• In each of the past 3 years, Votto has swung at only 21% of pitches out of the zone. Meosraco has swung at 33% of pitches outside the zone, down from 37% last year, per fangraphs. Devin has improved in that regard, but he is still nowhere close to Joey Votto when it comes to plate discipline.

      Votto has had a line drive rate of 27% in each of the past two years, per fangraphs, and a 30% ld rate in 2012. Devin has a 23% line drive rate this year, up from 21% last year. Don’t know if that was the info you were looking for or not, but I did my best.

      • Mesoraco is a completely different hitter than Votto. Mesoraco has been and always will be more aggressive at the plate than Votto, much more aggressive, but has somewhat tempered his aggression. A lot of people want to see more of that aggression from Votto, but actually Votto and Mesoraco complement each other superbly. Mesoraco simply represents the type of hitter the Reds have been missing, desperately. With the combination of Votto and Mesoraco in the lineup, the Reds offense will demonstrate a solid example of the whole being more valuable and effective than the individual parts.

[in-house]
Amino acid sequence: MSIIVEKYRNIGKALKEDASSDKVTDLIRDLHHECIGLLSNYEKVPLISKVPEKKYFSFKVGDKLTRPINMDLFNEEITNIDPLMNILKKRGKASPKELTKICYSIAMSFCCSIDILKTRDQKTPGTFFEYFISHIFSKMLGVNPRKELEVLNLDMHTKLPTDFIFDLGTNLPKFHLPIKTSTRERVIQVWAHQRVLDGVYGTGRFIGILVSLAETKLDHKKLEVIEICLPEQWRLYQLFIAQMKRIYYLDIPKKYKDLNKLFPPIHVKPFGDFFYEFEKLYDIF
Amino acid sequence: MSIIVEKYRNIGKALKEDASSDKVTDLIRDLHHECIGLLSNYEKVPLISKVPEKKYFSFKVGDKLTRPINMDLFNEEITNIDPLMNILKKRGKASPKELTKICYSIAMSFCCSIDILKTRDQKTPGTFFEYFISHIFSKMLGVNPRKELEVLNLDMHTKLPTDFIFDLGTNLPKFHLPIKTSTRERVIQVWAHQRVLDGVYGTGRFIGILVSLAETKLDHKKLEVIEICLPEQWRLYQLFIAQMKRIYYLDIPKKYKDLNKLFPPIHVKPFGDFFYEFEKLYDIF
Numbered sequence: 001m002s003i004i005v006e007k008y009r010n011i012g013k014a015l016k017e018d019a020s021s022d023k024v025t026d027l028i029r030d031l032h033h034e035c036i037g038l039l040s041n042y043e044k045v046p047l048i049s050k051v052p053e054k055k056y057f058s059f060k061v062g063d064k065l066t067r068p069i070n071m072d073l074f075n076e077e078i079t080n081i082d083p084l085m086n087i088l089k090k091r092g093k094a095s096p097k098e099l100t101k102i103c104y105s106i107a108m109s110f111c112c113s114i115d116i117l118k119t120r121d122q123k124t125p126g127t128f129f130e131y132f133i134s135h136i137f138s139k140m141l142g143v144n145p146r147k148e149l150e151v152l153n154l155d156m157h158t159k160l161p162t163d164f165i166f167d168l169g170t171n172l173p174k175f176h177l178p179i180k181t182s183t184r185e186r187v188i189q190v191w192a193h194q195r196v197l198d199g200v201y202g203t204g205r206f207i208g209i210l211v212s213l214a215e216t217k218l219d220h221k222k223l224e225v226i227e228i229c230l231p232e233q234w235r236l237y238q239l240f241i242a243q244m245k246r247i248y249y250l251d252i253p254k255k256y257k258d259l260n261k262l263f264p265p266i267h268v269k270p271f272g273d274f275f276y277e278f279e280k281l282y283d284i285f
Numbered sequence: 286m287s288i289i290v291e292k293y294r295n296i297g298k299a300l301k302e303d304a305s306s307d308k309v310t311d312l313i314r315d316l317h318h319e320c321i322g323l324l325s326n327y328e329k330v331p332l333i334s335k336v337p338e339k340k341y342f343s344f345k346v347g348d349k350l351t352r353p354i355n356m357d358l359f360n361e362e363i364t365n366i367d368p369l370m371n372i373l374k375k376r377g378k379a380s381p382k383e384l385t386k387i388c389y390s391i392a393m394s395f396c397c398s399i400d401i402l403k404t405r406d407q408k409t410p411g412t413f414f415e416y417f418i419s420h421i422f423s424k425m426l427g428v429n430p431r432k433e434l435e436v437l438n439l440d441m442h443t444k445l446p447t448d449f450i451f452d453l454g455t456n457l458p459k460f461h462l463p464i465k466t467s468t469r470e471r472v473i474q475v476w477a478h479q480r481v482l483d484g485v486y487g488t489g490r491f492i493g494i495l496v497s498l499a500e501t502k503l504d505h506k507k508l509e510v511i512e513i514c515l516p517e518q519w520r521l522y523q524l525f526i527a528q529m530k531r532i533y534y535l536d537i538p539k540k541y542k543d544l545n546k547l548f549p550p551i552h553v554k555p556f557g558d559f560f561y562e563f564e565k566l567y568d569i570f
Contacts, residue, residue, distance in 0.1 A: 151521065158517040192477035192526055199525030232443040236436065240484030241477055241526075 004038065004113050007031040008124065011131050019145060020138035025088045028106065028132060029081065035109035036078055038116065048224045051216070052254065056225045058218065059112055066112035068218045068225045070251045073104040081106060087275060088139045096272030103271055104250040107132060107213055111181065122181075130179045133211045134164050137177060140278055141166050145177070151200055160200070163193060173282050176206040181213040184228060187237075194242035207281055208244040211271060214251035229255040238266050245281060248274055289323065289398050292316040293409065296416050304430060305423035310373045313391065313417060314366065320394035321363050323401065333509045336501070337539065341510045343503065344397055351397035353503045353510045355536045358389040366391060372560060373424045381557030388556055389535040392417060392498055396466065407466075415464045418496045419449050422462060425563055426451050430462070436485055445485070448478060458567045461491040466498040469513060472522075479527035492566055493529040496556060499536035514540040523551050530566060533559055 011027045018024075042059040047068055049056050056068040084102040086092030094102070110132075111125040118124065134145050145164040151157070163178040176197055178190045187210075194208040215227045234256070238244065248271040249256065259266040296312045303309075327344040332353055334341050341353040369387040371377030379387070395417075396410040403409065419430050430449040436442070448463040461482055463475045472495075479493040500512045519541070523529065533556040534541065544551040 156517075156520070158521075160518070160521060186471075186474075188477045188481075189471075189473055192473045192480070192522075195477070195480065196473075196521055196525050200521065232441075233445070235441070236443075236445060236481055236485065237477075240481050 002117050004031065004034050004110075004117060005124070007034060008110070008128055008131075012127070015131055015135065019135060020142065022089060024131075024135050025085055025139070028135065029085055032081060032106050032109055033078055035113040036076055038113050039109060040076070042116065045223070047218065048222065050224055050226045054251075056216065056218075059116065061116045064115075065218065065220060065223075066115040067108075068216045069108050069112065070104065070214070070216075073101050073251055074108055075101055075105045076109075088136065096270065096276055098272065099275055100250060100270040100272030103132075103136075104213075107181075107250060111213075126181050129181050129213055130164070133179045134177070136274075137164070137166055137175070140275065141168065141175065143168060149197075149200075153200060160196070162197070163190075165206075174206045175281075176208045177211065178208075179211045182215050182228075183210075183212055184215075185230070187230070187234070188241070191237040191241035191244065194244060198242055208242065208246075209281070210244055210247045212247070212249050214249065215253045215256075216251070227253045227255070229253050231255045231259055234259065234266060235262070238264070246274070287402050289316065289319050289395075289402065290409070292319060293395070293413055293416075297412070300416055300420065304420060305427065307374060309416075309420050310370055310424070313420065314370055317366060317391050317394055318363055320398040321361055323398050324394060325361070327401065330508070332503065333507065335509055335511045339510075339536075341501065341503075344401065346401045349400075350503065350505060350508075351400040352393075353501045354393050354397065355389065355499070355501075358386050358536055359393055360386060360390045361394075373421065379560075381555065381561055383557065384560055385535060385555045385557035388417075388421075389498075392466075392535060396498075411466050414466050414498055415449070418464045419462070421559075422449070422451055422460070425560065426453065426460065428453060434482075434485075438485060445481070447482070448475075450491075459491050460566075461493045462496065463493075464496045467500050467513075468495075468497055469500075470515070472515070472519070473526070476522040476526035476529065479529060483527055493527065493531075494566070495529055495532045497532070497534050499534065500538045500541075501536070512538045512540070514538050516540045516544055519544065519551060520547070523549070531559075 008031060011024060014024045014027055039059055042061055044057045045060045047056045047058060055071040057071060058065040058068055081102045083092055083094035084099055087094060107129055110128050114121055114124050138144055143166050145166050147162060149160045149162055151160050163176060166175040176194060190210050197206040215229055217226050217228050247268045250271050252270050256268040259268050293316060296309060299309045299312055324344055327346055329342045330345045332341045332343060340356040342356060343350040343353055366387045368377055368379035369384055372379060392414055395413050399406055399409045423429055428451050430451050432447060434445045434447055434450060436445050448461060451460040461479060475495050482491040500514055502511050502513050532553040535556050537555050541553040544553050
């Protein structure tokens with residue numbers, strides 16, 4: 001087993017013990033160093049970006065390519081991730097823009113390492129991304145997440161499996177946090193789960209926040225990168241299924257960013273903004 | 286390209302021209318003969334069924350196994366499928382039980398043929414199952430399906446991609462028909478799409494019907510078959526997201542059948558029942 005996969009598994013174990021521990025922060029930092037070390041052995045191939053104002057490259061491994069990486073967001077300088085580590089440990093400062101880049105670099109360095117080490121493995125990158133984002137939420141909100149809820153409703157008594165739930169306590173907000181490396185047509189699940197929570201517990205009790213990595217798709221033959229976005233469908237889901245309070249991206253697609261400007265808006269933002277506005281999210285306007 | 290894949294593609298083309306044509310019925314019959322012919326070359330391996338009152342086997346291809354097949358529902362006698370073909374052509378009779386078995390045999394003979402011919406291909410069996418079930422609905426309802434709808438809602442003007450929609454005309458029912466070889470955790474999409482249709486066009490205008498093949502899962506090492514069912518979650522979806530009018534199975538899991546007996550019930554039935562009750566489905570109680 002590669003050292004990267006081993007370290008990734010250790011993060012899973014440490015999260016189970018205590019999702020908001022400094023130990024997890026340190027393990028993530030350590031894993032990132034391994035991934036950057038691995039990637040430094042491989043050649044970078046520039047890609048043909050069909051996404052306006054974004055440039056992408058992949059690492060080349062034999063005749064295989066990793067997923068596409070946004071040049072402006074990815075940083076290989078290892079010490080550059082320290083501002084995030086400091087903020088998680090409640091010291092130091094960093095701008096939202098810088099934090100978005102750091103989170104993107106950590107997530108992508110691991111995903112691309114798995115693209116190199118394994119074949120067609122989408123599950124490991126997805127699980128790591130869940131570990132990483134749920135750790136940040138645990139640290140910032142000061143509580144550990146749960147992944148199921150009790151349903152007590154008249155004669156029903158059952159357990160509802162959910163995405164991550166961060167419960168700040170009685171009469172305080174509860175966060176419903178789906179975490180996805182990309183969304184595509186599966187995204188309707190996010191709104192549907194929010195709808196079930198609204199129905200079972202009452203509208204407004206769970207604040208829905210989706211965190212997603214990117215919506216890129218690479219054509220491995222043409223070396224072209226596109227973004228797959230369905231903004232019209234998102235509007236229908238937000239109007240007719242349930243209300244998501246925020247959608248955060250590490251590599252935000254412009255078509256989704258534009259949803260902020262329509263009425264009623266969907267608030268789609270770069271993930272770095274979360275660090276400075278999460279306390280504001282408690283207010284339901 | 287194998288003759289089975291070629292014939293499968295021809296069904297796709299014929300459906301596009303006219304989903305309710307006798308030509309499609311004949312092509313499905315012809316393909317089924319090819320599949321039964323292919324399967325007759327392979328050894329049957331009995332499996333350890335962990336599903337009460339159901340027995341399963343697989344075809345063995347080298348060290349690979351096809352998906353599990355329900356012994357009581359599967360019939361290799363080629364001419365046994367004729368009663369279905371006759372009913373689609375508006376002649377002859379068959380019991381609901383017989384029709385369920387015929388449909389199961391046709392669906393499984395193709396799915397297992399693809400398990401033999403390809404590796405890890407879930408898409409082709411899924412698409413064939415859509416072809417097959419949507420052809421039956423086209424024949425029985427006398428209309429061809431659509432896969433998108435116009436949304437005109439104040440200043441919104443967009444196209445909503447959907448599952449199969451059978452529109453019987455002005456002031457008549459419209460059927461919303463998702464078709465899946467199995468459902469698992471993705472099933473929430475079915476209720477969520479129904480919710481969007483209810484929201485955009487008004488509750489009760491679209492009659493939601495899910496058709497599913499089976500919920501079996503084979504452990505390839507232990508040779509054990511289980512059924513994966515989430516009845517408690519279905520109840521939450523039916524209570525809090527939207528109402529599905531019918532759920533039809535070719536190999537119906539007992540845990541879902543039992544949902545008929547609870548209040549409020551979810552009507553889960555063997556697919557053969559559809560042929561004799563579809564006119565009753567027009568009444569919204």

• Would love to see what they could do both healthy and hitting back-to-back.

        • I’m not sure I agree that Meso is actually more aggressive than (a healthy) Votto. When he was healthy, Votto would go after any pitch he was looking for and wanted to hit regardless of the count. He take any pitch he wasn’t looking for and didn’t really want to hit unless he was at 2 strikes which in itself is a very aggressive posture of a different sort.Maybe the way to put it was that Votto was very effectively aggressive; and hopefully that is a direction Meso will grow in as he continues to progress.

        • I would love to see a whole season of a healthy Frazier – Votto – Mesoraco as our 2-3-4 hitters. That should be the core of a solid offense. If Hamilton can learn to improve his OBP as he matures, and if a healthy Bruce can turn back into the pre-2014 version of himself, we have an excelent 1-5 of the order. Finally, we need to sign some free agent slugging OF to a 2-year contract (to hold down LF until one of the prospects is ready).

          Hamilton
          Frazier
          Votto
          Mesoraco
          Bruce
          LF (free agent)
          Phillips
          Cozart

          Now THAT looks like a lineup that can score some runs.